David Bourget (Western Ontario)
David Chalmers (ANU, NYU)
Rafael De Clercq
Ezio Di Nucci
Jonathan Jenkins Ichikawa
Jack Alan Reynolds
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Social Philosophy and Policy 23 (1):29-68 (2006)
Cosmopolitans argue that the account of human rights and distributive justice in John Rawls's The Law of Peoples is incompatible with his argument for liberal justice. Rawls should extend his account of liberal basic liberties and the guarantees of distributive justice to apply to the world at large. This essay defends Rawls's grounding of political justice in social cooperation. The Law of Peoples is drawn up to provide principles of foreign policy for liberal peoples. Human rights are among the necessary conditions for social cooperation, and so long as a decent people respect human rights, a common good, and the Law of Peoples, it is not the role of liberal peoples to impose upon well-ordered decent peoples liberal liberties they cannot endorse. Moreover, the difference principle is not an allocative or alleviatory principle, but applies to design property and other basic social institutions necessary to economic production, exchange and consumption. It presupposes political cooperation—a legislative body to actively apply it, and a legal system to apply it to. There is no feasible global state or global legal system that could serve these roles. Finally, the difference principle embodies a conception of democratic reciprocity that is only appropriate to cooperation among free and equal citizens who are socially productive and politically autonomous. a Footnotesa I am grateful to K. C. Tan for many helpful discussions and criticisms of this essay. I am also grateful to the other contributors to this volume for their comments, and to Ellen Paul for her many helpful suggestions in preparing the final version of this essay.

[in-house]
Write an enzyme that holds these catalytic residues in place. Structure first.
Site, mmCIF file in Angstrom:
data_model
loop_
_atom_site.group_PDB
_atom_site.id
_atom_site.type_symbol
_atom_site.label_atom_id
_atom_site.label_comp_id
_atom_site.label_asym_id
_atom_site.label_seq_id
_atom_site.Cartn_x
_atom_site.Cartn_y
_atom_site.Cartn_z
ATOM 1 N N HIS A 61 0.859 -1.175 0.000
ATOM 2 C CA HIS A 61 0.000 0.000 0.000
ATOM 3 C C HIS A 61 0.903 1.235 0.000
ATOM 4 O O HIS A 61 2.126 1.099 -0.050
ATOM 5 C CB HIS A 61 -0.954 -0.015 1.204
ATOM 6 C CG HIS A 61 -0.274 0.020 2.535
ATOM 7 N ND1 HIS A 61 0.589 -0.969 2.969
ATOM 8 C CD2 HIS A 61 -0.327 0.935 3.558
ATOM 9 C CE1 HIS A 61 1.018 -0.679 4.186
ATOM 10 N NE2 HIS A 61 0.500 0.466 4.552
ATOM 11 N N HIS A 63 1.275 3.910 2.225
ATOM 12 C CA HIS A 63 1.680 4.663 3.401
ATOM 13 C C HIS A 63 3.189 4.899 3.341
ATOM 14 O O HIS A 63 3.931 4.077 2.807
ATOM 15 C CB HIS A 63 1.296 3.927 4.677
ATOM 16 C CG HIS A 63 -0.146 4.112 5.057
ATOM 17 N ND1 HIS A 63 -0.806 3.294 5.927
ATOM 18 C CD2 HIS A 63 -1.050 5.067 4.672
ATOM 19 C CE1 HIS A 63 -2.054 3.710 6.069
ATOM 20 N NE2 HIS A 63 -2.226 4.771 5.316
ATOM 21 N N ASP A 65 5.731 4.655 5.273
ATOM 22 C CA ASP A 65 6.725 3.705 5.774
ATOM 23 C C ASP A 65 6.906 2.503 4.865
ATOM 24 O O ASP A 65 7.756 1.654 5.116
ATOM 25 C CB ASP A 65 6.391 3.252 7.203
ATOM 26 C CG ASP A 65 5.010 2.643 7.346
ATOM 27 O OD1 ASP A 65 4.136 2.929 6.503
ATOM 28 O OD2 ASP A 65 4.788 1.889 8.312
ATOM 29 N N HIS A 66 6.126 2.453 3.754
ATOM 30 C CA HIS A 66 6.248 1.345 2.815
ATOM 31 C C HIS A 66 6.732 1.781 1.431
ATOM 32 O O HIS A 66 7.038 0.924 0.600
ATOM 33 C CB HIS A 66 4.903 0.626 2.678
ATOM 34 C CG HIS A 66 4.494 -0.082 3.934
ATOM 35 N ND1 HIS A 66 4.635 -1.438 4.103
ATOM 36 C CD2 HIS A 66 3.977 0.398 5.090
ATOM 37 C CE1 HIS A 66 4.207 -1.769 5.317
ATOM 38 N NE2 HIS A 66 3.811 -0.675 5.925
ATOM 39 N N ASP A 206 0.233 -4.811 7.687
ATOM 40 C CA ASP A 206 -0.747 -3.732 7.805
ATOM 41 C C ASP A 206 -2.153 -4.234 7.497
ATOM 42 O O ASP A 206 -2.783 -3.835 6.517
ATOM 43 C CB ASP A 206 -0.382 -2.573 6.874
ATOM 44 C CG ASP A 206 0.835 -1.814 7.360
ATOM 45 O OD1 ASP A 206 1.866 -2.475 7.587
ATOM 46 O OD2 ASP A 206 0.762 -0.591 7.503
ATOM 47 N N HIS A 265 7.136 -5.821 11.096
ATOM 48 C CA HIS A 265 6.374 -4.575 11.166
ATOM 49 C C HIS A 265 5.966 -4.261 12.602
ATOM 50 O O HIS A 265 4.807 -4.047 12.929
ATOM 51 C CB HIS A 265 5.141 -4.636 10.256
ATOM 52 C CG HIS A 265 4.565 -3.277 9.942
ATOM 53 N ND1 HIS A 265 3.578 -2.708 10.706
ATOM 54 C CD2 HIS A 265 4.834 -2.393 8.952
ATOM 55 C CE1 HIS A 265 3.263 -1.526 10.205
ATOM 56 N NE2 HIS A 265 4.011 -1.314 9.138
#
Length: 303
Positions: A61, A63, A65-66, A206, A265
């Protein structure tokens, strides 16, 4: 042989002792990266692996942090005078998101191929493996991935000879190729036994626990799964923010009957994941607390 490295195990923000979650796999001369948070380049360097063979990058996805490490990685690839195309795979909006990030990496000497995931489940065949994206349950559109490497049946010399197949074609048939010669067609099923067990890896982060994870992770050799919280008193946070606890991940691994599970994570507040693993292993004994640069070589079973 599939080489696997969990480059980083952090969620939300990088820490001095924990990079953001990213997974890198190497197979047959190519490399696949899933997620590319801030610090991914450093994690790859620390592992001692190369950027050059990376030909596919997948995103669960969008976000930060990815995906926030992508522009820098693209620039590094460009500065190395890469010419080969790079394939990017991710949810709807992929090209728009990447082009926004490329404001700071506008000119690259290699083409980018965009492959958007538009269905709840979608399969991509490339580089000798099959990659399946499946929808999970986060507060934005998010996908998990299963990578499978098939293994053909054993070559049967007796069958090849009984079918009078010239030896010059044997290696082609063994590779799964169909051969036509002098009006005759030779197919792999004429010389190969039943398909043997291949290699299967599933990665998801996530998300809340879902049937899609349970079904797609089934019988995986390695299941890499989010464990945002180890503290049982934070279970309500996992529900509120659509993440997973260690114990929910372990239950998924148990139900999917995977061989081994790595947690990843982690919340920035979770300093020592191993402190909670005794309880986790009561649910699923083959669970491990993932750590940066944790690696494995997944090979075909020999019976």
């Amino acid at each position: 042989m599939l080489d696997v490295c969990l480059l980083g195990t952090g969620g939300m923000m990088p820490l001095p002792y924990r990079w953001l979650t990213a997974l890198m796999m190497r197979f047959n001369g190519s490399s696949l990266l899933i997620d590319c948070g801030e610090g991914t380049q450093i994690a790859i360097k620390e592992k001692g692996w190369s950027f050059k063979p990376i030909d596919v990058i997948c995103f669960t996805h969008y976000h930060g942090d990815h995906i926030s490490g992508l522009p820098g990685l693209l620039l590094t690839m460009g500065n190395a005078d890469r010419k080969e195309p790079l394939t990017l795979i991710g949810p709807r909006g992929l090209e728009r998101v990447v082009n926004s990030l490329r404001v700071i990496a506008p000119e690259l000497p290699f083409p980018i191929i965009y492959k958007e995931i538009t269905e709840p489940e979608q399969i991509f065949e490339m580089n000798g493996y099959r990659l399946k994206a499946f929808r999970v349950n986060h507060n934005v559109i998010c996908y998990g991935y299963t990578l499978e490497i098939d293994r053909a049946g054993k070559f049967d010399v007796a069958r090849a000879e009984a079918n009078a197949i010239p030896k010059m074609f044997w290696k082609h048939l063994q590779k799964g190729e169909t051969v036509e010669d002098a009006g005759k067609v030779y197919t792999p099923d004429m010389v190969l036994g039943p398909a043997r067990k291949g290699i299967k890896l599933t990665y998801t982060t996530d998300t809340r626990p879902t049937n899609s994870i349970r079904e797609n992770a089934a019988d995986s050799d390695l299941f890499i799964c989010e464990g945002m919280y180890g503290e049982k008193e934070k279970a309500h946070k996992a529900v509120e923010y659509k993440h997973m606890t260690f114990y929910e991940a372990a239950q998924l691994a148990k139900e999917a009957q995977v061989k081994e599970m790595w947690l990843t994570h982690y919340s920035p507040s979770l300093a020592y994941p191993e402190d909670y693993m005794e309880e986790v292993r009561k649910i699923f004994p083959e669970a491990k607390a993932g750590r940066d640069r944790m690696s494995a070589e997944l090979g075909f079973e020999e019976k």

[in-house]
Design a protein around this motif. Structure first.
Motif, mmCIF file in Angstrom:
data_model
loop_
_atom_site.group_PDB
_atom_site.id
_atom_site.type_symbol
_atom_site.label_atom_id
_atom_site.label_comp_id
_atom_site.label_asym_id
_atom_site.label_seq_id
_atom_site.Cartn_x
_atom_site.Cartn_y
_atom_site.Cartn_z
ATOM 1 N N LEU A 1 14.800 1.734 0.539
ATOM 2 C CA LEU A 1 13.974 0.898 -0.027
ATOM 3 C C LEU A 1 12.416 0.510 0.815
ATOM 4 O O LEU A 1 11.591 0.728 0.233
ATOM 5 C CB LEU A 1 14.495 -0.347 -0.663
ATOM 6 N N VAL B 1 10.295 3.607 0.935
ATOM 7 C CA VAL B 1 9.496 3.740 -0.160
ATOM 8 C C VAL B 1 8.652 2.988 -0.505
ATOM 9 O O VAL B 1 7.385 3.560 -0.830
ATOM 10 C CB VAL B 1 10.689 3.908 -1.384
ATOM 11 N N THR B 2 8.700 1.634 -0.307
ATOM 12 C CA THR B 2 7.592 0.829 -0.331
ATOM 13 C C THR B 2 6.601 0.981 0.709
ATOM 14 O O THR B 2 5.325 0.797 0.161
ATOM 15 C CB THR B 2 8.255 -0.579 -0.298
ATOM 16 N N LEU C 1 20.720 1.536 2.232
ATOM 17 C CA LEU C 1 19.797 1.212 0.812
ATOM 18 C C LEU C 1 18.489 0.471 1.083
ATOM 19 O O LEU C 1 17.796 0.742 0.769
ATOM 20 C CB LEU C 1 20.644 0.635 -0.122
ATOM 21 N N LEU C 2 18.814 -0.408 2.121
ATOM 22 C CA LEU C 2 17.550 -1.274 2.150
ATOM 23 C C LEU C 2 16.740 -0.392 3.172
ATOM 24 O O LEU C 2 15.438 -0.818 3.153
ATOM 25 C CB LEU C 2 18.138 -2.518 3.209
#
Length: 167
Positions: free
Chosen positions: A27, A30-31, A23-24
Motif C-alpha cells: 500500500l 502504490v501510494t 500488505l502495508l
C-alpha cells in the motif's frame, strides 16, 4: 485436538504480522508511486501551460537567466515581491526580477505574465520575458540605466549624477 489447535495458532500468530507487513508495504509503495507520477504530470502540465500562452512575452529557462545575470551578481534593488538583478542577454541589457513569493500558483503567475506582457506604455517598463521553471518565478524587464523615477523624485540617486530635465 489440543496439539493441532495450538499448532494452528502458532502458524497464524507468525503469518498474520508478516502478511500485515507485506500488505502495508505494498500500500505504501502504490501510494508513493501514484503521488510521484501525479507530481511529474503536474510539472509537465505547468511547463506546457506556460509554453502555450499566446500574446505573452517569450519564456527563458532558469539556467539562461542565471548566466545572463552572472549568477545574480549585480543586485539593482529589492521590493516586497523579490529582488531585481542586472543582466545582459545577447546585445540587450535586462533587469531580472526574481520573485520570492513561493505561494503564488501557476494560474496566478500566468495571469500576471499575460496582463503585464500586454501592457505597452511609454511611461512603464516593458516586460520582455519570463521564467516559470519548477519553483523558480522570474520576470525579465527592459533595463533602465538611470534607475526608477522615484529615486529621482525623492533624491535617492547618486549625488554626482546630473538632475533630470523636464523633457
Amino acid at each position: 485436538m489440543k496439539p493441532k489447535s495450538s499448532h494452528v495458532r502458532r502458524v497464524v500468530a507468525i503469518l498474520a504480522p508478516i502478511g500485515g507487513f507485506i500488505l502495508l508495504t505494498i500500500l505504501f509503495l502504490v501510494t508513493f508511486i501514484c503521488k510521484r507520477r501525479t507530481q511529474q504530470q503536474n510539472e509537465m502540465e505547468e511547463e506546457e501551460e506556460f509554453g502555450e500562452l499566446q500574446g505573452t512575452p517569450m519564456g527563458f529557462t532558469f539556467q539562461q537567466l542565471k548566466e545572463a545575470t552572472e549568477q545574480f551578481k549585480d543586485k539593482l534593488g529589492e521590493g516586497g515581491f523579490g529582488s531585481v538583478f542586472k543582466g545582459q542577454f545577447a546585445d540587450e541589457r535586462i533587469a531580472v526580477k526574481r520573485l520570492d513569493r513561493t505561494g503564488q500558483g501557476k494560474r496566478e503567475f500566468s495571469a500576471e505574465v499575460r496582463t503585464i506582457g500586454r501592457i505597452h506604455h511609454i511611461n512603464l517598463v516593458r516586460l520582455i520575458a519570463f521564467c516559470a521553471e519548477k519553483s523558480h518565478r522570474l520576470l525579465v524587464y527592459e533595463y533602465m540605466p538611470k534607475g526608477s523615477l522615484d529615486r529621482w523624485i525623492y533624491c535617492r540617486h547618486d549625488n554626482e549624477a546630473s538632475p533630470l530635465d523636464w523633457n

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Citations of this work BETA
Saladin Meckled-Garcia (2008). On the Very Idea of Cosmopolitan Justice: Constructivism and International Agency. Journal of Political Philosophy 16 (3):245-271.
Gillian Brock (2013). Contemporary Cosmopolitanism: Some Current Issues. Philosophy Compass 8 (8):689-698.
Helena de Bres (2011). The Many, Not the Few: Pluralism About Global Distributive Justice. Journal of Political Philosophy 20 (3):314-340.
Shmuel Nili (2015). Who’s Afraid of a World State? A Global Sovereign and the Statist-Cosmopolitan Debate. Critical Review of International Social and Political Philosophy 18 (3):241-263.
Saladin Meckled-Garcia (2016). Two Concepts of Justice – and of its Scope. Critical Review of International Social and Political Philosophy 19 (5):534-554.
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